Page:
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The social media landscape, like the world it so desperately tries to mirror, is rife with things that annoy us.
Though we’ve known these things annoy us all along, it’s somewhat great to know that it’s not only us who find the things listed below as irritating.
The list was compiled by Sweatband.com, a U.K.-based web retailer of all things related to fitness, which surveyed 1,793 Britons who use social media.
Having said that, it’s not surprising that the number 1 behavior on the list sits on top. It may not be number 1 for you but the things on this list of annoying social media behaviors are pretty, well, annoying.
Here they are:
1. Boasting about your diet and exercise. Yes, we know you’re buff and lead a healthy lifestyle. We often wish we could do the same things you do and be as fit as you are. But when all your status updates or tweets are about how great your session at the gym went or how much weight you lost in the past week, it isn’t great. Maybe you could tell us other things about your life?
2. Sharing photos of every food you eat. Sure, that Galantine you just ate must have been an experience. You can marvel at how the chef at a restaurant prepared your Consommé. We’ll cheer for you when you cook your first ever steak. However, when you post photos of every food you put in your mouth, it’s too much.
3. Posting cryptic status updates . We’re your friends on Facebook for a reason. When you post a mysterious message about how your day isn’t going the way you want it to at all, we ask what it is about. Don’t post something unless you don’t want to talk about it. If you’re worried about privacy, message or call.
4. Flooding your friends with game requests. Some of us love playing games through our social networking account. Some of us don’t. However, what we particularly don’t like is people who barrage us with game requests, especially if we don’t play that game. Take a hint. If we’re not responding to a couple requests you sent, we’re not interested so stop sending those requests our way.
5. Being overly-proud parents. It’s understandable that you are proud of your kid. We’d probably be proud of him or her too if you didn’t post about mundane things about him or her each and every time. Learn to tone it down a bit.
6. Sharing every detail about your personal life. We don’t need to know that you’re in the bathroom or what that steak you ate last night looks like now. Unless we’re asking or if it’s really significant, you don’t need to post it on every social media account you have. There’s a time when issues you have are better discussed personally with people you consider your closest friends.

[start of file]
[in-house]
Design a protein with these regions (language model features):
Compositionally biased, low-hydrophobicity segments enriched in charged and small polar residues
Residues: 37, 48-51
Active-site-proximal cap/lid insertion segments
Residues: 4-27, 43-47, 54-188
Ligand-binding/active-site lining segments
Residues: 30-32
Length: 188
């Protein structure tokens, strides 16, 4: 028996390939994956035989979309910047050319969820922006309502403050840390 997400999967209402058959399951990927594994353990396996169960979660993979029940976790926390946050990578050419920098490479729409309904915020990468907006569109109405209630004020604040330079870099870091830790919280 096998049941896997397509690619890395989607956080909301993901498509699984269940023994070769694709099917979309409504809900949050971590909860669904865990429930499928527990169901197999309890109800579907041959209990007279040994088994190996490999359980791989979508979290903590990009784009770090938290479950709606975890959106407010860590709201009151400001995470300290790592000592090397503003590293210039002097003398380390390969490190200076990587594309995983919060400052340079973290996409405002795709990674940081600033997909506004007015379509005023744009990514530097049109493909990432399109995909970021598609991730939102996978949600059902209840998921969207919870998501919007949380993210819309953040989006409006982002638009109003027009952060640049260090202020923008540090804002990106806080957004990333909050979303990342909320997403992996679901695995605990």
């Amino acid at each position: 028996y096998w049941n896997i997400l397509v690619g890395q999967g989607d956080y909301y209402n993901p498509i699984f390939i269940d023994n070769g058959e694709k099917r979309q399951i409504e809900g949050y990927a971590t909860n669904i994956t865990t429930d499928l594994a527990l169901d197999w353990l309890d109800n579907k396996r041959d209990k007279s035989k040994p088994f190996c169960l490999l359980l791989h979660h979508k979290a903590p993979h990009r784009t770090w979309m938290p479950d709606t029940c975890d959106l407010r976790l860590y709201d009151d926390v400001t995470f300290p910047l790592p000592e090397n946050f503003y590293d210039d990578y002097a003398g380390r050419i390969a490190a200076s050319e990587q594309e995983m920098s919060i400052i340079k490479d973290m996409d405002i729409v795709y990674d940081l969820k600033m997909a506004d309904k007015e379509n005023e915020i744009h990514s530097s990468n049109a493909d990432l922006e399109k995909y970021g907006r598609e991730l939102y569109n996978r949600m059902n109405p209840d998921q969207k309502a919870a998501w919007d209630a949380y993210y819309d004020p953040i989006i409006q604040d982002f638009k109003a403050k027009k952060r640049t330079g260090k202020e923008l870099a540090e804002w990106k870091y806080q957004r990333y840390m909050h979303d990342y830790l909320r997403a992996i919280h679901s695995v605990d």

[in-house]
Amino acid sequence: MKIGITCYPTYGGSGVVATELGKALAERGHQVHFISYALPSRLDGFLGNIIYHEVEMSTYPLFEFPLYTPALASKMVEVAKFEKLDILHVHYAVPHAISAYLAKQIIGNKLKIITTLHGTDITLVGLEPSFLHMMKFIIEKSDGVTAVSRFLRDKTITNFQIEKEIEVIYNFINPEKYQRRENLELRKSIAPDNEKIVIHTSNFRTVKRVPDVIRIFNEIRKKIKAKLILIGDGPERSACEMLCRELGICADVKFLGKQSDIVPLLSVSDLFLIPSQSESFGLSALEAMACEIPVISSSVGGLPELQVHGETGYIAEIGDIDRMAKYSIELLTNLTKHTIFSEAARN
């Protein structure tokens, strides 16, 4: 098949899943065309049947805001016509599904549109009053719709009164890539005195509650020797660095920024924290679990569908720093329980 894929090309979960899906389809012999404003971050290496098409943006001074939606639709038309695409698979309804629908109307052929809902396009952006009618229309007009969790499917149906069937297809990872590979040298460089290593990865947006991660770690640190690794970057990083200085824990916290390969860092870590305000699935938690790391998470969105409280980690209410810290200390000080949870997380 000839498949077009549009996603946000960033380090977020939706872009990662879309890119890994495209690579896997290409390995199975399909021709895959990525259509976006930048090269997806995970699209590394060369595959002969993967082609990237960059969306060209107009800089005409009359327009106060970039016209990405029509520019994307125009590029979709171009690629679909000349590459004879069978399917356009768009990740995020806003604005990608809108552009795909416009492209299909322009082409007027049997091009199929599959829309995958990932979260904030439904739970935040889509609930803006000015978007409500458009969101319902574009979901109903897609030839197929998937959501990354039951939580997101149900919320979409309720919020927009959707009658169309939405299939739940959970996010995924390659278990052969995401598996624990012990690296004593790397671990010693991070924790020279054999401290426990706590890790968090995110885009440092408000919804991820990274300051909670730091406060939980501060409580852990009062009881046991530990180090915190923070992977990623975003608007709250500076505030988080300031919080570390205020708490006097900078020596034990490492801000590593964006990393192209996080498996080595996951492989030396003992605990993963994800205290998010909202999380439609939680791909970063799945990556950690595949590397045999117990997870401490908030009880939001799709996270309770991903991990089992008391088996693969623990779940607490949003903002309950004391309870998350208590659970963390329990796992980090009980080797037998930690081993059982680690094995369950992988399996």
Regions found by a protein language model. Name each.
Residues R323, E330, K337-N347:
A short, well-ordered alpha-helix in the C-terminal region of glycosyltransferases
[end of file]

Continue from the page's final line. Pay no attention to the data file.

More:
7. Regular check-ins at every place you go to. Much like number 6, you don’t need to tell the world where you are every minute of the day. “Hey, I’m at this restaurant now. It’s great. ” “Hey, you go there every day and check in. We know by now that during lunch, you’re there.”
8. Spamming people with invites to and information about events. Events are great, especially if they’re for a good cause. However, it may turn people off when all they see on their feeds is you promoting that event.
9. Commenting and liking everything posted by your connections. There’s this line between being active in social media and coming across as a stalker. One of the surefire ways to cross that line is to like, comment, favorite, retweet or repin each and every thing your friends post on their social media accounts.
10. Promoting yourself too much. Seriously, even if we would like to support you in your endeavors, don’t badger people. That will almost always likely turn people off. You want to succeed, don’t you?
The survey conducted by Sweatband.com found that more than half of the 1,793 participants refrain from frequently using social media if their connections display the behaviors listed above.
Furthermore, these irritating behaviors on social media led 38 percent of the respondents to quit using their social networking accounts altogether.
“Whilst social media has given us a great way to keep in touch with friends, family and people of interest, it’s also given us another way to bombard people with things they just don’t care about,” says Sweatband.com Managing Director Maz Darvish, the Telegraph reports.
Image from Dustin and Jennifer Stacey on Flickr (CC)
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